16 Feb The New Nationalism: A Disconcerting Theme
Over the past 30 years, three forces have largely been responsible for relatively high global GDP growth. First, interest rates have steadily declined since the highs of the 1980s, providing a constant and strong tailwind to the global economy and causing virtually all capital assets to rise in value. Second, the Internet and other new technologies have caused productivity and efficiency to increase substantially and for information to be shared more easily across the globe. Finally, at the center of these forces, globalization, exemplified by the creation of the Eurozone, the European Central Bank, NAFTA, and the World Trade Organization, has removed many barriers to international trade. This has allowed capital to flow more freely across borders, increasing avenues for trade and commerce and introducing sellers of goods to a new pool of buyers.
While these three forces have contributed to relatively strong investment returns over the past 30 years, each is under pressure and, as a result, investors should expect future returns to be somewhat lower than in the past.
We believe that investors are relatively familiar with the first two forces. The first force, declining interest rates, should not be expected to continue. Global rates are at or near historical lows with a move higher seemingly inevitable (although the timing of that move remains uncertain). Second, the Internet has permeated commerce to a substantial degree, potentially limiting the future growth of the technology sector, which has been a key driver of global equity returns.
Of concern, we are now starting to see the third force break down. Many developed nations responsible for the globalization trend of the last several decades are moving towards nationalistic postures that threaten to limit or reverse the easy flow of capital across borders. We believe investors need to understand this move from globalization to a “New Nationalism” and how it could affect their portfolio returns.
The New Nationalism
The emergence of nationalism is well exemplified by “Brexit” and the potential breakup of the European Union. We have long been concerned with structural challenges that the EU experiences primarily due to the disconnect between centralized monetary and decentralized fiscal policy. These growing nationalist tendencies, magnified by the recent refugee crisis, are producing an environment wherein countries begin to seriously consider leaving the union. The UK took this theoretical risk and made it a reality with the vote for “Brexit.” While the political dynamics that led to this event are fascinating and complex, we are perhaps even more interested by the fact that the markets clearly did not anticipate the UK leaving the EU. Despite the fact that the event was clearly a product of these growing tendencies, global markets are still reacting as if Brexit is a “one-and-done” event. We can’t help but wonder which country might be next? While support for leaving the EU appears relatively low in many large nations such as France and Germany, support in the UK also appeared relatively low for a long time before the vote.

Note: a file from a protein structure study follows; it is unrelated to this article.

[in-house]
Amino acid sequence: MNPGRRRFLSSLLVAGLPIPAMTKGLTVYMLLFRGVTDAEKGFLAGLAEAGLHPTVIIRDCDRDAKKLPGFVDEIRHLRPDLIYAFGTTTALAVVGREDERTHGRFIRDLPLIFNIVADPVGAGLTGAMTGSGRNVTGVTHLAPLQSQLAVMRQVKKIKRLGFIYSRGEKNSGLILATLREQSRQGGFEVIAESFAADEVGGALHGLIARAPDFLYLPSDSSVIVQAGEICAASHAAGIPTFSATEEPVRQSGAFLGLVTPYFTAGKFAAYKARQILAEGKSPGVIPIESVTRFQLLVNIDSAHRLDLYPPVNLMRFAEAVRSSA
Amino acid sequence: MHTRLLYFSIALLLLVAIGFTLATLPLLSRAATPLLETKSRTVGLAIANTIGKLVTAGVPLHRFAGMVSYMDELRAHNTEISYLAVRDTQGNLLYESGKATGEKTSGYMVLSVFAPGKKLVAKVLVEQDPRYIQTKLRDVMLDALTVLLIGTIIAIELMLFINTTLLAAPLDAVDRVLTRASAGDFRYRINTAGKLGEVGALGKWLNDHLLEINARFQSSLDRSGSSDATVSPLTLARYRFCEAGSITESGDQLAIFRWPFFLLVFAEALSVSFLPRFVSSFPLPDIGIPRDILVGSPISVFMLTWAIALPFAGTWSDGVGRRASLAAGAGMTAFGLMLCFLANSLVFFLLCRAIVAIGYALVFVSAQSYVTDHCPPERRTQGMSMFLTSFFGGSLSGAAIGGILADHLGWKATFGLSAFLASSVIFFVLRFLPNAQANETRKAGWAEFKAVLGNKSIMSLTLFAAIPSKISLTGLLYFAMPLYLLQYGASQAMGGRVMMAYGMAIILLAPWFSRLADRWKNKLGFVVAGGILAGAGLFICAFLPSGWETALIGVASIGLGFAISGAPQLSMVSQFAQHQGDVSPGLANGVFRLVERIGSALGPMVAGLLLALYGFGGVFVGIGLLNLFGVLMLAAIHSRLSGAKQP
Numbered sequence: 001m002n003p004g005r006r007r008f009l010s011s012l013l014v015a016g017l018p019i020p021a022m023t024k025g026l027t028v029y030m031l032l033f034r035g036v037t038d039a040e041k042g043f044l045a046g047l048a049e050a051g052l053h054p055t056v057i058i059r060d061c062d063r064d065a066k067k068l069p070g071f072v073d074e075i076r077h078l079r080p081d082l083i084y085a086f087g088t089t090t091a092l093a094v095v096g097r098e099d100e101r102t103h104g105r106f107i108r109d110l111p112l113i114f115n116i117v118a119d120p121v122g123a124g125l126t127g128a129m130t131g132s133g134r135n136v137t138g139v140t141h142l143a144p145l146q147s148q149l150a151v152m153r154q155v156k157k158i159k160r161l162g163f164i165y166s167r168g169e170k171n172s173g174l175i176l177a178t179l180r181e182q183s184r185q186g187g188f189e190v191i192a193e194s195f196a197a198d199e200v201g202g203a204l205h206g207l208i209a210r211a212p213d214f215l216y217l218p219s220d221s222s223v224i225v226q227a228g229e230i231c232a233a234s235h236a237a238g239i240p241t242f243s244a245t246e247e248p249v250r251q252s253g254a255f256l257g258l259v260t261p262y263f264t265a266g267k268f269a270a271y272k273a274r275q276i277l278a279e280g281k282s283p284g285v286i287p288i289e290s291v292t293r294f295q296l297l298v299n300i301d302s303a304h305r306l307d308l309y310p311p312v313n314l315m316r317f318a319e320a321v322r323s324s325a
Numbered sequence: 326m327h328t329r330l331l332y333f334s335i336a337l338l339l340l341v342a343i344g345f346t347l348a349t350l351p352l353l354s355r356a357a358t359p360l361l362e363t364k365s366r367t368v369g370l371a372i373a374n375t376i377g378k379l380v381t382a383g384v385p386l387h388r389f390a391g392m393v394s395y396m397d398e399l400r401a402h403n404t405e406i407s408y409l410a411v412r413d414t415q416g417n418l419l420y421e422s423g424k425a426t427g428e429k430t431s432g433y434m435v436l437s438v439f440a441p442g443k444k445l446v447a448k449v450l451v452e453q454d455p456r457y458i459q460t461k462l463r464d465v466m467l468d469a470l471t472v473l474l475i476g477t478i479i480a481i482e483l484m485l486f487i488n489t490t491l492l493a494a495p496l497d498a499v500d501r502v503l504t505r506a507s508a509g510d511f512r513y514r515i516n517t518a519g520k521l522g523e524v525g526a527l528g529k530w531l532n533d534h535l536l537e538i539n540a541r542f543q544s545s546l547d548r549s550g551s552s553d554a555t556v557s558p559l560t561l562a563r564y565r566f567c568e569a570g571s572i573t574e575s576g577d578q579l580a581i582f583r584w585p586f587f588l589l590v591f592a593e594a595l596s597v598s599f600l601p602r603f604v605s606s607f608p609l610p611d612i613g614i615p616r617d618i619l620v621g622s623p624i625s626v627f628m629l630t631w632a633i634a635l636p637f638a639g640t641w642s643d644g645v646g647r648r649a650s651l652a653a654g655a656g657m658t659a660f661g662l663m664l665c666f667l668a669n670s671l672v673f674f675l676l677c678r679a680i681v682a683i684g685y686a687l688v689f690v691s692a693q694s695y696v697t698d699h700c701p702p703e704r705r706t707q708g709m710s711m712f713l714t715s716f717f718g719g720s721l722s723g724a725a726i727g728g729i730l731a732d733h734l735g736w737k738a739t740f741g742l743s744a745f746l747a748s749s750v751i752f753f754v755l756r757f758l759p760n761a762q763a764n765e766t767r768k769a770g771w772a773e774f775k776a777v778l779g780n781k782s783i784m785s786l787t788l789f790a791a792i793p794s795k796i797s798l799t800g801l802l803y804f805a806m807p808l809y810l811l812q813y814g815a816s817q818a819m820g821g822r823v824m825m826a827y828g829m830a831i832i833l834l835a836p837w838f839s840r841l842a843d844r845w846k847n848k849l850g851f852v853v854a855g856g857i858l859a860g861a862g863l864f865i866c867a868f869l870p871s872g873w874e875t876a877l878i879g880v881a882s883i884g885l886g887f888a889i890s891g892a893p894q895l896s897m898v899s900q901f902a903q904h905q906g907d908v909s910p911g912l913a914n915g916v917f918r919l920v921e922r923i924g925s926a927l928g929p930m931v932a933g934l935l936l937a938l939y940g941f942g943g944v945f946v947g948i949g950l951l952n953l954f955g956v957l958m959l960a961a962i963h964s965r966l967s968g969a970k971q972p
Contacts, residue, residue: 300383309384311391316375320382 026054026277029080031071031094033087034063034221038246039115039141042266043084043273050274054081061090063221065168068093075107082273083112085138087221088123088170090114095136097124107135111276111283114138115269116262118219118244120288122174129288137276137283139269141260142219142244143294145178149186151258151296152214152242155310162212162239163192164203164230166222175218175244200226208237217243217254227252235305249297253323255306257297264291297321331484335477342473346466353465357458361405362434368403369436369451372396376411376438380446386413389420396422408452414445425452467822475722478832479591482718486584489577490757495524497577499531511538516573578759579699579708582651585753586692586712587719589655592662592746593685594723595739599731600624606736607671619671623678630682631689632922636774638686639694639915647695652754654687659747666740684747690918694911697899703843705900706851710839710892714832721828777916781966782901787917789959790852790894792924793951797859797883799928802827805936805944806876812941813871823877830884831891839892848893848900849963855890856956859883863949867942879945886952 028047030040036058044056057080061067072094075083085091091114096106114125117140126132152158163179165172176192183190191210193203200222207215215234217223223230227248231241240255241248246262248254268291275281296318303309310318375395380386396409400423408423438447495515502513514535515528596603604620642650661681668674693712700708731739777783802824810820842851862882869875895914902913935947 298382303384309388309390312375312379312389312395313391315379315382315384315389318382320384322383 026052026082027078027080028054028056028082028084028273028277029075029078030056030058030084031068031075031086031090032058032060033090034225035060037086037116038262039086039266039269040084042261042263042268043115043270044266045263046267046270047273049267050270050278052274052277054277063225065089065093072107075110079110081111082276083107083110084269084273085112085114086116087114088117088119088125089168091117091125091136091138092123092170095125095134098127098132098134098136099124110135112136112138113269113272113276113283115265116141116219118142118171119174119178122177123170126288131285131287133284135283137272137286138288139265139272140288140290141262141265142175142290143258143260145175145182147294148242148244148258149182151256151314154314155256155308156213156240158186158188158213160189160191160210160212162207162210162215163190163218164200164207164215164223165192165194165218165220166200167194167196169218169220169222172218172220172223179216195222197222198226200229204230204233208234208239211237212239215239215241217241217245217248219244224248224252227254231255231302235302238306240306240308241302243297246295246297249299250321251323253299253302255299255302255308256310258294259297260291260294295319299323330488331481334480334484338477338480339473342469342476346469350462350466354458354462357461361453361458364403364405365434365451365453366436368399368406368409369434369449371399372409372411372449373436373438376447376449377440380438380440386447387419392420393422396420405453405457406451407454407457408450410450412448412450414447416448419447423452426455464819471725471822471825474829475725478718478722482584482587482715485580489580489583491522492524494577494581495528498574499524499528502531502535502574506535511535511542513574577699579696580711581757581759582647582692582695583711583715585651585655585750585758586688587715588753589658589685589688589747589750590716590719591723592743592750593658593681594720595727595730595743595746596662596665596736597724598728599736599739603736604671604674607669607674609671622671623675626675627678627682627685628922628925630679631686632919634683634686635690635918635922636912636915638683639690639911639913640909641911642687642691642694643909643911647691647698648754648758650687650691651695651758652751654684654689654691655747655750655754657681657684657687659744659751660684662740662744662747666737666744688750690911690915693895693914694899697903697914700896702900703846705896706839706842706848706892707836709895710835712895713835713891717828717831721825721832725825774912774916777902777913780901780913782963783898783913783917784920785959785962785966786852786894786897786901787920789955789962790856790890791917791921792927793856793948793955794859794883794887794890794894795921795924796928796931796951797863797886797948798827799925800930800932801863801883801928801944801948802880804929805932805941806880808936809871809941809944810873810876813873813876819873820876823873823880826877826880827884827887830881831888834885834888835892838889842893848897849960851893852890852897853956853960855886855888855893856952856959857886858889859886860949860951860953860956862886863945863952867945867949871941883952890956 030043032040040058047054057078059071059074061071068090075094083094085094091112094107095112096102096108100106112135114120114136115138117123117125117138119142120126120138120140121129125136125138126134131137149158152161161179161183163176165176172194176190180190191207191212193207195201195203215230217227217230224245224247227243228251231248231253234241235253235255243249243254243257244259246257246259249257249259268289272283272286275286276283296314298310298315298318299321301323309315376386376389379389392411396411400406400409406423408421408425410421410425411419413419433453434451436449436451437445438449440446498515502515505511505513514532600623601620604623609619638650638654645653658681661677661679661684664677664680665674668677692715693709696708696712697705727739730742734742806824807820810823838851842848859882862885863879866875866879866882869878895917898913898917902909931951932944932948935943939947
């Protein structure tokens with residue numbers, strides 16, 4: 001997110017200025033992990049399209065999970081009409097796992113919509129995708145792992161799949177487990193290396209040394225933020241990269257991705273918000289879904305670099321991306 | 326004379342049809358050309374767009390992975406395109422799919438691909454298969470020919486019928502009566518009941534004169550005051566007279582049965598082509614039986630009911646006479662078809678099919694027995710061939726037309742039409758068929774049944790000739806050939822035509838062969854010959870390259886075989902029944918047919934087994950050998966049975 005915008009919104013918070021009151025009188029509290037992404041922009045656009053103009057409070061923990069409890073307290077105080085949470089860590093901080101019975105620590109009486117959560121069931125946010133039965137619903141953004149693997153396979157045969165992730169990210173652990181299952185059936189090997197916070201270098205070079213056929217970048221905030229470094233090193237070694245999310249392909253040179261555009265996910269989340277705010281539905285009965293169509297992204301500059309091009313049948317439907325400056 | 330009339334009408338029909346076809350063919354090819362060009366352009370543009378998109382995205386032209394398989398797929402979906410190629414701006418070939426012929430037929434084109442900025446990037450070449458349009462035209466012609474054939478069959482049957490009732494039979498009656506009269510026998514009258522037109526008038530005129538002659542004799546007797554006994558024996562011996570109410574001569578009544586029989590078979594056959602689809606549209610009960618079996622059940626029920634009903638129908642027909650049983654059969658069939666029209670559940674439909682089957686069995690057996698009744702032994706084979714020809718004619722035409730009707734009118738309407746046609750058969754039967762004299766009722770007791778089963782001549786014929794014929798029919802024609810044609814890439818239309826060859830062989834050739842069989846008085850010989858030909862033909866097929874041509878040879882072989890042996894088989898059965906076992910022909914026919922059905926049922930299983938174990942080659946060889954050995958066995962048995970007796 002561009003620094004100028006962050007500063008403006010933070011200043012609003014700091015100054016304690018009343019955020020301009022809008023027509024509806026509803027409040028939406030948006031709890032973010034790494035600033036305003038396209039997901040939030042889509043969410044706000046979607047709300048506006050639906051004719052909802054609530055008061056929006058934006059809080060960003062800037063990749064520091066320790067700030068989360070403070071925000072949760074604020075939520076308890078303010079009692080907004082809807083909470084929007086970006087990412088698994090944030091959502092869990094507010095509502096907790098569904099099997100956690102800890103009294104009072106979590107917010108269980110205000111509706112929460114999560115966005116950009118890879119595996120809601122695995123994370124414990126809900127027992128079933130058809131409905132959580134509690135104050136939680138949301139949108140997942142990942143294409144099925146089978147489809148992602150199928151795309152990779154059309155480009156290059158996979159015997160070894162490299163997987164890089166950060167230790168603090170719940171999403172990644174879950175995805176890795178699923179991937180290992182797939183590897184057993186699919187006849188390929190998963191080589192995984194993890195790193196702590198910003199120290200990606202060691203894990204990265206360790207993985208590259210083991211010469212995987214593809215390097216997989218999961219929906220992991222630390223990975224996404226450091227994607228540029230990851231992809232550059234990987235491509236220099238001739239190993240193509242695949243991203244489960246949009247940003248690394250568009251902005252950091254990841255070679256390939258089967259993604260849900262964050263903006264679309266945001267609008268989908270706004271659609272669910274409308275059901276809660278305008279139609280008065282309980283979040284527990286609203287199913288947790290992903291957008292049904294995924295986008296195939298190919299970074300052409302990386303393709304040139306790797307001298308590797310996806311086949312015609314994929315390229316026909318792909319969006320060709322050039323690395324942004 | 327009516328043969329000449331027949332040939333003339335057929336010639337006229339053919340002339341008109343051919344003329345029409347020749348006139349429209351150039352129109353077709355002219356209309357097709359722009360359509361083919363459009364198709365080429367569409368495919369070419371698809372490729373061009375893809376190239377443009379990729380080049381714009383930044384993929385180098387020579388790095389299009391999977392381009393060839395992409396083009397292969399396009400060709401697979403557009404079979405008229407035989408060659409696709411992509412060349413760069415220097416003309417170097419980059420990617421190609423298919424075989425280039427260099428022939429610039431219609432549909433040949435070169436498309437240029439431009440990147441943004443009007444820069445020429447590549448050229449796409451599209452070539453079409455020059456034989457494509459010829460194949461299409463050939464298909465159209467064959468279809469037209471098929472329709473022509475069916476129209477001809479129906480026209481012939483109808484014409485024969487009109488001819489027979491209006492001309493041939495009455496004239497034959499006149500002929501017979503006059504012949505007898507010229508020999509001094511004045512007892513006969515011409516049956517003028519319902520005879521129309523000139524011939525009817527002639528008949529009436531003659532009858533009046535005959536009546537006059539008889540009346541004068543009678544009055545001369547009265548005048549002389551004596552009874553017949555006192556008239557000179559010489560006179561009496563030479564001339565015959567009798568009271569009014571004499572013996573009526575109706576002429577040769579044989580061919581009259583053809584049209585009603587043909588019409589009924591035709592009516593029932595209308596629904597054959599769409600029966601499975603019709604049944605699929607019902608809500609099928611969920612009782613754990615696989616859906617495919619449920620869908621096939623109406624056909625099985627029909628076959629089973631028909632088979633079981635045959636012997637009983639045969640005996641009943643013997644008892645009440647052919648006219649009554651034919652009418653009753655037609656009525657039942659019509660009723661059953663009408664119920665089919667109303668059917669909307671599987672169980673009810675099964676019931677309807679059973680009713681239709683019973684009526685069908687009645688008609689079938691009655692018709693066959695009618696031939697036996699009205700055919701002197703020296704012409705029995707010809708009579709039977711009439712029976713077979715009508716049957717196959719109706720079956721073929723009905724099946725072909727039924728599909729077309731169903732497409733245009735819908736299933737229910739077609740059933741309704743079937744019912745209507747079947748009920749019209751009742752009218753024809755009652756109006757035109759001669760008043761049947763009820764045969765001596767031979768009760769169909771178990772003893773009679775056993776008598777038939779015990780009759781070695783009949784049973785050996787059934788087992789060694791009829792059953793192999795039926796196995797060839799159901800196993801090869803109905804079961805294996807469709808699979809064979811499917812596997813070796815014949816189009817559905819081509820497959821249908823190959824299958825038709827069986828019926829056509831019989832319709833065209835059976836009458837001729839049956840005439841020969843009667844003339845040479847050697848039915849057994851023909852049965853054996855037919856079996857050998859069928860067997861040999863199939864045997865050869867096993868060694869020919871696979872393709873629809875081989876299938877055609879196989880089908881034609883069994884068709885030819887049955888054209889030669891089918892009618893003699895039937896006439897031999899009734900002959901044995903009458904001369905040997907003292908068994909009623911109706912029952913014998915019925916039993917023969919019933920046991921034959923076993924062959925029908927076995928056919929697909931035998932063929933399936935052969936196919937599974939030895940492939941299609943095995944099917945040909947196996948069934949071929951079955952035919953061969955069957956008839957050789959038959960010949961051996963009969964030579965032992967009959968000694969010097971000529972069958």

More concerning is that the nationalism trend is not just limited to the UK or even the EU. The rise of Donald Trump as a presidential candidate in the U.S. (among other populist and far-right candidates, globally), imperialistic motivations of China in the Sea of Japan, and Russia’s aggressive moves in Ukraine and Crimea all serve as further evidence of this global trend. If the trend towards globalization does indeed reverse, barriers to trade may re-emerge, and capital flows may become restricted. This would cause global GDP growth to slow, which could drag investment returns down.
This environment leaves investors with the important question of whether to prepare for a prolonged period of relatively low global growth and low returns. While this story will play out over the next decade, we believe it is wise for investors to reassess their long-term objectives, understanding that the relatively high returns experienced over the last 30 years may not continue for the next 30. We do believe, however, that this environment may present opportunities for investors to capture relatively attractive risk-adjusted returns by taking advantage of potential market volatility (i.e., buying during sell-offs) and focusing on fundamentally sound investments in private markets.